Nine Gitmo prisoners heading to Saudi Arabia

 In his continuing quest to close the Guantanamo prison before the end of his term, President Obama has transferred nine more prisoners from Cuba to Saudi Arabia.  The transfers leave 80 prisoners in the facility.

Reuters:

The United States on Saturday transferred nine Yemeni men to Saudi Arabia from the U.S. military prison at Guantanamo, including an inmate who had been on a hunger strike since 2007, under a long-sought diplomatic deal between Washington and Riyadh, U.S. officials said.

The transfer, which took place just days before President Barack Obama's visit to Saudi Arabia for a summit of Gulf Arab allies, marked the latest step in his final push to close the controversial detention center at the U.S. naval base in Cuba before he leaves office in January 2017.

The Saudis agreed, after lengthy negotiations that at one point involved Obama and Saudi King Salman, to take the nine Yemenis for resettlement and put them through a government-run rehabilitation program that seeks to reintegrate militants into society, the officials said.

The group announced by the Pentagon was the largest shipped out of the Guantanamo Bay prison since Obama rolled out his plan in February aimed at shutting the facility. But he faces stiff opposition from many Republican lawmakers as well as some fellow Democrats.

There are now 80 prisoners at Guantanamo, most held without charge or trial for more than a decade, drawing international condemnation.

The most prominent of the transfers was Tariq Ba Odah, a 37-year-old Yemeni whom the military had been force-feeding daily since he went on a hunger strike in 2007. His legal team said he was down to 74 pounds, losing about half of his body weight.

Ba Odah's lawyer, Omar Farah, said the U.S. government had "played Russian roulette" with his client's life and that his transfer "ends one of the most appalling chapters in Guantanamo's sordid history."

His case was a source of legal wrangling between the U.S. Department of Justice and his lawyers, who had unsuccessfully sought his release on humanitarian and medical grounds, and also created divisions within the Obama administration.

President Obama will visit Saudi Arabia this week amid renewed tensions between the countries. The Saudis are angry over the Iran nuclear deal and what they see as a weak response to the Syrian civil war. And the US Congress is considering a bill that would allow the families of 9/11 victims to sue the Saudi government for their complicity in the terror attacks. The Kingdom has threatened a sell off of US assets if Congress approves the measure.

As for the terrorist reeducation center that Obama is sending the 9 terrorists to, it's a failure, according to a 2010 Rand study. In fact, the Saudis are apparently using the center to imprison political dissidents rather than terrorists.

We can expect to see at least some of those former Gitmo prisoners going back to the jihad against the west.

 In his continuing quest to close the Guantanamo prison before the end of his term, President Obama has transferred nine more prisoners from Cuba to Saudi Arabia.  The transfers leave 80 prisoners in the facility.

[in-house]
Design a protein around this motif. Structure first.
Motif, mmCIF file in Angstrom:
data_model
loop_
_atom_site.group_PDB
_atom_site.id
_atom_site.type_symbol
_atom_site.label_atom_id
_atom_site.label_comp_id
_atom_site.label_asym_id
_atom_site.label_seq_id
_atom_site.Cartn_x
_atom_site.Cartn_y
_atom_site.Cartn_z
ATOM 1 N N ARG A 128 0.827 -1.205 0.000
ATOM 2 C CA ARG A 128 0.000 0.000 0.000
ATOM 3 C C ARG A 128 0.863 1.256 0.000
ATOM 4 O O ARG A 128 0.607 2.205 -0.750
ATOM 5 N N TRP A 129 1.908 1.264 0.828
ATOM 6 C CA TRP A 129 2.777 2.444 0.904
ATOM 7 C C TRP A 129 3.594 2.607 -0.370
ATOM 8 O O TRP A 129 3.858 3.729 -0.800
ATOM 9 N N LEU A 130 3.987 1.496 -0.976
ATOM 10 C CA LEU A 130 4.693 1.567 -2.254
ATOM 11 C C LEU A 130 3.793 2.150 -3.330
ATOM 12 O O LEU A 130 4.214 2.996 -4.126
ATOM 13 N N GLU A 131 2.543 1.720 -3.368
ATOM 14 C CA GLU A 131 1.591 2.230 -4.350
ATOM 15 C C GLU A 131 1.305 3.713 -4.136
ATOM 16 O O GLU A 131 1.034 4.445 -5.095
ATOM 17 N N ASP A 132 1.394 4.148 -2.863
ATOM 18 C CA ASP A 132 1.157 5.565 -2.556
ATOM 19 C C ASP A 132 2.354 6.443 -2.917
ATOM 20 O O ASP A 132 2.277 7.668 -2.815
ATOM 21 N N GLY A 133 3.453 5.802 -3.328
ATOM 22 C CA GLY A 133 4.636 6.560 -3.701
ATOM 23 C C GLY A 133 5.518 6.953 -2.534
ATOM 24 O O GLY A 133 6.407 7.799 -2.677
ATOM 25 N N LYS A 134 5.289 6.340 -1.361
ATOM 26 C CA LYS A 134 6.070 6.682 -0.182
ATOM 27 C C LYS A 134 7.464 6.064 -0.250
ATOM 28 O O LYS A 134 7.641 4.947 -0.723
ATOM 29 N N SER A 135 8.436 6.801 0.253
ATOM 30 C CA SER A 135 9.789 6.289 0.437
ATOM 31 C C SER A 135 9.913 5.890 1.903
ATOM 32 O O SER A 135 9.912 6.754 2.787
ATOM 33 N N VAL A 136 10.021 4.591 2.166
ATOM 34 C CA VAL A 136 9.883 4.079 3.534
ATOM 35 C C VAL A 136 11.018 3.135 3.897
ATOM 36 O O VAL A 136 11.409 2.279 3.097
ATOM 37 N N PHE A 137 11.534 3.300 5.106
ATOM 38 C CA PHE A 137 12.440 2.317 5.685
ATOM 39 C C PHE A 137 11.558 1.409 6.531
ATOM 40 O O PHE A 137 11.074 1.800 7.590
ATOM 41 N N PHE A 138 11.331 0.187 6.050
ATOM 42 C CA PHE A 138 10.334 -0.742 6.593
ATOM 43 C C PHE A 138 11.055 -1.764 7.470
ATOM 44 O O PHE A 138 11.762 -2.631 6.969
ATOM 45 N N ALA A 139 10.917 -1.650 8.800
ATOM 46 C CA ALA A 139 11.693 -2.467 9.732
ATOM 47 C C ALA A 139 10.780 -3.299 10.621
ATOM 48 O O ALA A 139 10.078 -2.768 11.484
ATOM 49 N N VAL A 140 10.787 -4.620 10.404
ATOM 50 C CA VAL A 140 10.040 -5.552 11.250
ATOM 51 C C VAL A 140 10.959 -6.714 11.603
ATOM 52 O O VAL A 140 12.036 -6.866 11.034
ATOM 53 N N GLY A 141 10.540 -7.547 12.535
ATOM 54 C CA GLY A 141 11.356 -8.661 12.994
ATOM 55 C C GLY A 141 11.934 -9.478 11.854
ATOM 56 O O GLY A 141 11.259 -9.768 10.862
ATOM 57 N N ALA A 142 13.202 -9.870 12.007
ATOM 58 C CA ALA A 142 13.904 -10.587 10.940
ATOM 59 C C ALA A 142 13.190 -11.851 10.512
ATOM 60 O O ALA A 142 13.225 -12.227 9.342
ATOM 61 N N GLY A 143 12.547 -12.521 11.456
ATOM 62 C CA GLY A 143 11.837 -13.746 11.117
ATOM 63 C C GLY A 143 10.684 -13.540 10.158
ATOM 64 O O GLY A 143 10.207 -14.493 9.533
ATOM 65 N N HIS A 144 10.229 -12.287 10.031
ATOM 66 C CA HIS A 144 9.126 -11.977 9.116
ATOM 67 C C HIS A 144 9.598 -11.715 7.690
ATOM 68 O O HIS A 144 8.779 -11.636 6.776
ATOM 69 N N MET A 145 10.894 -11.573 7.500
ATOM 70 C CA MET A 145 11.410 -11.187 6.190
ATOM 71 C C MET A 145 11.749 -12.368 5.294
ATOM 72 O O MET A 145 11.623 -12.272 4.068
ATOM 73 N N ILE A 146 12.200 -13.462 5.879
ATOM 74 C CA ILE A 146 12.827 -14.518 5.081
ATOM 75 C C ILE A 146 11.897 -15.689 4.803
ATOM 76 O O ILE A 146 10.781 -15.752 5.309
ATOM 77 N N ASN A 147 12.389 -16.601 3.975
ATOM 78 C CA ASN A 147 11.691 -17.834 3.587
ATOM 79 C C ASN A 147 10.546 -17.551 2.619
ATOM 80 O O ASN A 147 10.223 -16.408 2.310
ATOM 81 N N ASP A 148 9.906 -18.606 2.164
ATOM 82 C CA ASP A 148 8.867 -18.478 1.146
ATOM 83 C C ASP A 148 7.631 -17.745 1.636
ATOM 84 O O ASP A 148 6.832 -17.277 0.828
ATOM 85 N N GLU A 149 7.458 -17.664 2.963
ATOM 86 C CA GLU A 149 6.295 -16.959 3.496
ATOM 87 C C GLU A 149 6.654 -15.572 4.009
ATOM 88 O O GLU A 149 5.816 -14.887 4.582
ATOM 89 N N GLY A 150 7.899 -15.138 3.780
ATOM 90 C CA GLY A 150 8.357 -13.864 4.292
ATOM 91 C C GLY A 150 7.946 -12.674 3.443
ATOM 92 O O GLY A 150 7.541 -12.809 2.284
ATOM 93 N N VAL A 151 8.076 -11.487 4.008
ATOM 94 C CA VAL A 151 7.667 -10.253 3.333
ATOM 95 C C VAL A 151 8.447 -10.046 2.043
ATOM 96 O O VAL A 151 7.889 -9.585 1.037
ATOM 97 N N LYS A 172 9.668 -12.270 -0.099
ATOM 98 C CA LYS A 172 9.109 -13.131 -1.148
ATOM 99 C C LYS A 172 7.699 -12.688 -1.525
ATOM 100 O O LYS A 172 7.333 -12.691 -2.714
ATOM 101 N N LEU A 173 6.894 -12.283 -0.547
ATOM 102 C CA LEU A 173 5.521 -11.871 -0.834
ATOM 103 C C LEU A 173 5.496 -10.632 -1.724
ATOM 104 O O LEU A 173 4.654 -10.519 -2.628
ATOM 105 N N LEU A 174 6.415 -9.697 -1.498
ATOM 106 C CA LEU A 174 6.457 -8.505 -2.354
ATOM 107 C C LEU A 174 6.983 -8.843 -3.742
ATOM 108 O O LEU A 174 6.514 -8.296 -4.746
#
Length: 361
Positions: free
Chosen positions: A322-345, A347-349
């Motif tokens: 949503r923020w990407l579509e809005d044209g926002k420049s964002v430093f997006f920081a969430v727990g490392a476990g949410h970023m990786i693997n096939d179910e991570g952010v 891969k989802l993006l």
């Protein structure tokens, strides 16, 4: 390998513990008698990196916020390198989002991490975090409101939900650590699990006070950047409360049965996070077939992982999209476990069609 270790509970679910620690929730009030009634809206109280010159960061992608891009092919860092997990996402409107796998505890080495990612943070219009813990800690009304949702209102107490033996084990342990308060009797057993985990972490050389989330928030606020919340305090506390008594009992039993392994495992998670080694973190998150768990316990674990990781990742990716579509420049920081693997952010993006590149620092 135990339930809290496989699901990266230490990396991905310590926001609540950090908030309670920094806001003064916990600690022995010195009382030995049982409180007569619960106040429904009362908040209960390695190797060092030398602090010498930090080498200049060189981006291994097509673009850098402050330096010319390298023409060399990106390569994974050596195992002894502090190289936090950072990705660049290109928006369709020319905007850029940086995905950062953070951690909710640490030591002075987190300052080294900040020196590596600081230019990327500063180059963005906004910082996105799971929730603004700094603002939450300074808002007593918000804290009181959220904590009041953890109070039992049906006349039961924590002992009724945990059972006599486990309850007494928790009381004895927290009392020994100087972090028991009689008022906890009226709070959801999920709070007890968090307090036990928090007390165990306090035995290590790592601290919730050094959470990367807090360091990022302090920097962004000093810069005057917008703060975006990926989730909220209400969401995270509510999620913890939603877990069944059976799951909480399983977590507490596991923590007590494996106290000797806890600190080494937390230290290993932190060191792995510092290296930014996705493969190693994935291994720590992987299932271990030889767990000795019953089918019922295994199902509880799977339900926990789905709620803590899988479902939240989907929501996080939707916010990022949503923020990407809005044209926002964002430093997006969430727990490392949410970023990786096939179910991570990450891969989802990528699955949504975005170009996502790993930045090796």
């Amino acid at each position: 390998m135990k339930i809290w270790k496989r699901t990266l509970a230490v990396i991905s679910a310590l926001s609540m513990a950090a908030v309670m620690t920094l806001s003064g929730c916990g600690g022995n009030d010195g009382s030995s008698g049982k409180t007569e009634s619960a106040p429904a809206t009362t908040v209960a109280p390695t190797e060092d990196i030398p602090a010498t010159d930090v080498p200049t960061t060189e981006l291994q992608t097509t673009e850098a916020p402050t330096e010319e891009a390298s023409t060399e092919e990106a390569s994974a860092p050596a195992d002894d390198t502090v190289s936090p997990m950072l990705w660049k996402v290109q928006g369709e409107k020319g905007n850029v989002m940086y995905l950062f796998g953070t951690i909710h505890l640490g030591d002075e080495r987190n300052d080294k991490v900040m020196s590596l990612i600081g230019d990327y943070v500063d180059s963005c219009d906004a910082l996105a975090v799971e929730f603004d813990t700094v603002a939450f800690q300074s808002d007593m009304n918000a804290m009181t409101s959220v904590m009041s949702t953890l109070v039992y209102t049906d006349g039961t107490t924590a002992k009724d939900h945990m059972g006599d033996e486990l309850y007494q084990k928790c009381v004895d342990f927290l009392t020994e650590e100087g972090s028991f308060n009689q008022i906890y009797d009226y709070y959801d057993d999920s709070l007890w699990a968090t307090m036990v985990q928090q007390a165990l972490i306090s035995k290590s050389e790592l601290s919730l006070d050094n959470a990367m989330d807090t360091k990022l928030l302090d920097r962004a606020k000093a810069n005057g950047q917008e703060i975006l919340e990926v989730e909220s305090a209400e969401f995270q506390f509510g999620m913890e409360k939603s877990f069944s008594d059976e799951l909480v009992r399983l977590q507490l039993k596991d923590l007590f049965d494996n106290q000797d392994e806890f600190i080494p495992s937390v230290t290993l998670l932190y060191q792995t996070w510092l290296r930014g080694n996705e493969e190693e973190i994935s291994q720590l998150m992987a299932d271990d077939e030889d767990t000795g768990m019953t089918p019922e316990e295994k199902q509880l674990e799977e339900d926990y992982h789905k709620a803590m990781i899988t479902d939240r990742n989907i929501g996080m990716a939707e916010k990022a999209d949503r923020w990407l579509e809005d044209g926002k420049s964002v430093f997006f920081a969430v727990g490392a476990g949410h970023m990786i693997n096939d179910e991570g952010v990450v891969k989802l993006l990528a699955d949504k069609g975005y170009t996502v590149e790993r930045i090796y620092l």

Reuters:

The United States on Saturday transferred nine Yemeni men to Saudi Arabia from the U.S. military prison at Guantanamo, including an inmate who had been on a hunger strike since 2007, under a long-sought diplomatic deal between Washington and Riyadh, U.S. officials said.

The transfer, which took place just days before President Barack Obama's visit to Saudi Arabia for a summit of Gulf Arab allies, marked the latest step in his final push to close the controversial detention center at the U.S. naval base in Cuba before he leaves office in January 2017.

The Saudis agreed, after lengthy negotiations that at one point involved Obama and Saudi King Salman, to take the nine Yemenis for resettlement and put them through a government-run rehabilitation program that seeks to reintegrate militants into society, the officials said.

The group announced by the Pentagon was the largest shipped out of the Guantanamo Bay prison since Obama rolled out his plan in February aimed at shutting the facility. But he faces stiff opposition from many Republican lawmakers as well as some fellow Democrats.

There are now 80 prisoners at Guantanamo, most held without charge or trial for more than a decade, drawing international condemnation.

The most prominent of the transfers was Tariq Ba Odah, a 37-year-old Yemeni whom the military had been force-feeding daily since he went on a hunger strike in 2007. His legal team said he was down to 74 pounds, losing about half of his body weight.

Ba Odah's lawyer, Omar Farah, said the U.S. government had "played Russian roulette" with his client's life and that his transfer "ends one of the most appalling chapters in Guantanamo's sordid history."

His case was a source of legal wrangling between the U.S. Department of Justice and his lawyers, who had unsuccessfully sought his release on humanitarian and medical grounds, and also created divisions within the Obama administration.

President Obama will visit Saudi Arabia this week amid renewed tensions between the countries. The Saudis are angry over the Iran nuclear deal and what they see as a weak response to the Syrian civil war. And the US Congress is considering a bill that would allow the families of 9/11 victims to sue the Saudi government for their complicity in the terror attacks. The Kingdom has threatened a sell off of US assets if Congress approves the measure.

As for the terrorist reeducation center that Obama is sending the 9 terrorists to, it's a failure, according to a 2010 Rand study. In fact, the Saudis are apparently using the center to imprison political dissidents rather than terrorists.

We can expect to see at least some of those former Gitmo prisoners going back to the jihad against the west.